This structure can superficially be described as a tail only in reference to its shape, not its true function. It acts as a template or scaffolding which induces or guides the specific formation of other structures at precise times during later development.

Once those developments are complete, genetic programming ensures the removal of the original structure as it’s no longer needed. And this isn’t unique to just this posterior extension; in fact, many structures form and are reabsorbed during normal human development.

A simple analogy to help understand how it works would be like a stonemason constructing an archway.

Here Today, Gone Tomorrow

Because each stone within an arch can’t support itself until the keystone is inserted to lock each stone in place, masons will build a wooden scaffold underneath in the shape of the arch where the finished structure will be made so that it can support the stones during construction. Once the keystone is dropped into place, the scaffolding is removed, and the completed archway becomes self-supporting.

This type of design requires intelligence and forethought. Think about it—unless you had watched the arch being built, you’d have never known the scaffold was there. I point this out because this category of structural engineering that we observe inside living things debunks evolutionary storytelling as it demonstrates a “means to an end” thinking process, something that has never been observed in random, haphazard processes.

So, saying all (normally developed) people have a tail at some point is completely false. And not-so-subtly equivocating “having a tail” with the fact that your spine has to end somewhere. And calling it a tailbone is fallacious as well.

Tailbone?

You see, what is commonly referred to today as the tailbone has the scientific designation “coccyx.” However, it’s interesting to note that the Latin word coccyx has nothing to do with the word tail. It comes from the ancient Greek kókkux or “cuckoo,” which refers to the curved shape of the cuckoo bird’s beak when viewed from the side.

The word tailbone only grew in popularity with the normalization of evolutionary storytelling in scientific and medical literature. There is no real scientific or descriptive reason to refer to it as such, other than the crude idea that if humans were to have tails, that’s the physical location they would occupy.

And although many evolutionists give the erroneous impression that the tailbone is a useless throwback of our evolutionary lineage and portray our coccyx as some stunted, undesigned, crude modification, ask anyone that has had a serious fall and cracked their tailbone to get their opinion on whether they feel it’s useless or not.

Several very important muscles converge from the ring-like arrangement of your pelvic bones and anchor on the coccyx, forming the bowl-shaped muscular floor of your pelvis called the pelvic diaphragm.

And your pelvic diaphragm, attached to your incurved coccyx, literally keeps the many organs in your abdominal cavity from falling through and between your legs. Also extremely important, a group of those pelvic diaphragm muscles control the elimination of waste from your body. So, it’s far from something you could just “do without.” Rather, it is ingeniously designed to do precisely what it’s meant to.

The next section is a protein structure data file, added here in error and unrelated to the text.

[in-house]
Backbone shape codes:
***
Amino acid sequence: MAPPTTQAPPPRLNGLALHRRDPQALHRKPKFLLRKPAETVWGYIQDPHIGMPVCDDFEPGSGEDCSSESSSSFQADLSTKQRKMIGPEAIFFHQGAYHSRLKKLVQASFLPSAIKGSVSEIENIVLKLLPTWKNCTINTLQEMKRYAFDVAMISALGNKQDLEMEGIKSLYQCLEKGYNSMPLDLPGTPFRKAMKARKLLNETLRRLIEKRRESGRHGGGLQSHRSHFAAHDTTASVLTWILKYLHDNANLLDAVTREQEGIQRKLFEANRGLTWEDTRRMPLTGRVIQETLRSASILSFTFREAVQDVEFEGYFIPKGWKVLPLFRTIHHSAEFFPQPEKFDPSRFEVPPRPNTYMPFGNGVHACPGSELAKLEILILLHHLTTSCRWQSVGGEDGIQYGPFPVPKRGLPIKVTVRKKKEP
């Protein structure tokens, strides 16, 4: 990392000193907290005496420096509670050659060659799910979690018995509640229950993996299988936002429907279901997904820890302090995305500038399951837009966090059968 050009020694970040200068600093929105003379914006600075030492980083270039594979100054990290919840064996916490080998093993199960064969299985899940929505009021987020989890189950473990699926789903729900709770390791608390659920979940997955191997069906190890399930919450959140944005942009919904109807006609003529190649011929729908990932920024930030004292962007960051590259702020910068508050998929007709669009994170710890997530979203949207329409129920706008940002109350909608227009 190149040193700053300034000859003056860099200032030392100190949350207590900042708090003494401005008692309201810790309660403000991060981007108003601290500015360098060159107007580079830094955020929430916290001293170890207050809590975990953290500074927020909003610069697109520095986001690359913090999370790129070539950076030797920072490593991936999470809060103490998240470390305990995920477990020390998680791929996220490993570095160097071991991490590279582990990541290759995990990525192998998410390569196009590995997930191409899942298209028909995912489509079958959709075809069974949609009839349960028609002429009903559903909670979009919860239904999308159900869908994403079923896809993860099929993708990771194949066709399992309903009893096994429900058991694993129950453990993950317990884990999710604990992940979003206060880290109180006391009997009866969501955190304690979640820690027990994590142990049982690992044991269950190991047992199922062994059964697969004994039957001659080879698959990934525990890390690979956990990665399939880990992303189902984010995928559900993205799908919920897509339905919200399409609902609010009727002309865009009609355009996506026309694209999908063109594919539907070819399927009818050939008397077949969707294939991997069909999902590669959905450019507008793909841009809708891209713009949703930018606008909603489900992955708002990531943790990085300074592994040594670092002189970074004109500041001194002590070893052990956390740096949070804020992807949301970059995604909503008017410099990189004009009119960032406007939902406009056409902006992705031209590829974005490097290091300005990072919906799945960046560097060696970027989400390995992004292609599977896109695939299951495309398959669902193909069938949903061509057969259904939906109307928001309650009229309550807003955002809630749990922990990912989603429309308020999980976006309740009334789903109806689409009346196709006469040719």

So, for someone to say, “all people have tails” because all (regularly developed) people move through a specific developmental stage where they superficially resemble having a tail-shaped structure or because we have a uniquely designed endpoint of our spine is simply evolutionary equivocation—not science.

Be sure to check back next week for part two of this exploration of the question, “Are some people born with tails?” where we’ll dig even deeper into some of the more outrageous claims made by naturalists regarding this supposed proof of evolution, and why they simply don’t stand up biblically and scientifically.

Footnotes

  1. Darrow, Clarence. The World’s Most Famous Court Trial: Tennessee Evolution Case (Dayton, TN: Bryan College, 1990). This book is a word-for-word transcript of the famous court test of the Tennessee Anti-Evolution Act in Dayton, Tennessee from July 10 to 21, 1925. It includes speeches and arguments of attorneys, testimonies of noted scientists, and Bryan’s last speech.
  2. Stitz, Maria, Cristian Chaparro, Zhigang Lu, V. Janett Olzog, Christina E. Weinberg, Jochen Blom, Alexander Goesmann, Christoph Grunau, Christoph G. Grevelding. “Satellite-Like W-Elements: Repetitive, Transcribed, and Putative Mobile Genetic Factors with Potential Roles for Biology and Evolution of Schistosoma mansoni,” Genome Biology and Evolution 13, no. 10 (October 2021): 1–20. https://doi.org/10.1093/gbe/evab204.
  3. Coyne, J. A. Why Evolution Is True, (Oxford: OUP, 2009), 70.
  4. Science Photo Library. “Human baby with a tail.” www.sciencephoto.com/media/89784/view
  5. Giberson, K. “Science Wars, My Debate With an ‘Intelligent Design’ Theorist.” The Daily Beast, April 21, 2014. www.thedailybeast.com.
  6. Klinghoffer, David. “Karl Giberson Apologizes for Photoshopped Image of Tailed Baby,” Evolution News. https://evolutionnews.org/2014/06/karl_giberson_a/.
  7. Ledley, F. D. “Evolution and the Human Tail.” The New England Journal of Medicine 306, (May 1982): 1212–1215. https://www.nejm.org/doi/full/10.1056/NEJM198205203062006.
  8. Brennan, Dan. “What is a human tail?” WebMD, March 5, 2021. https://www.webmd.com/baby/what-is-a-human-tail.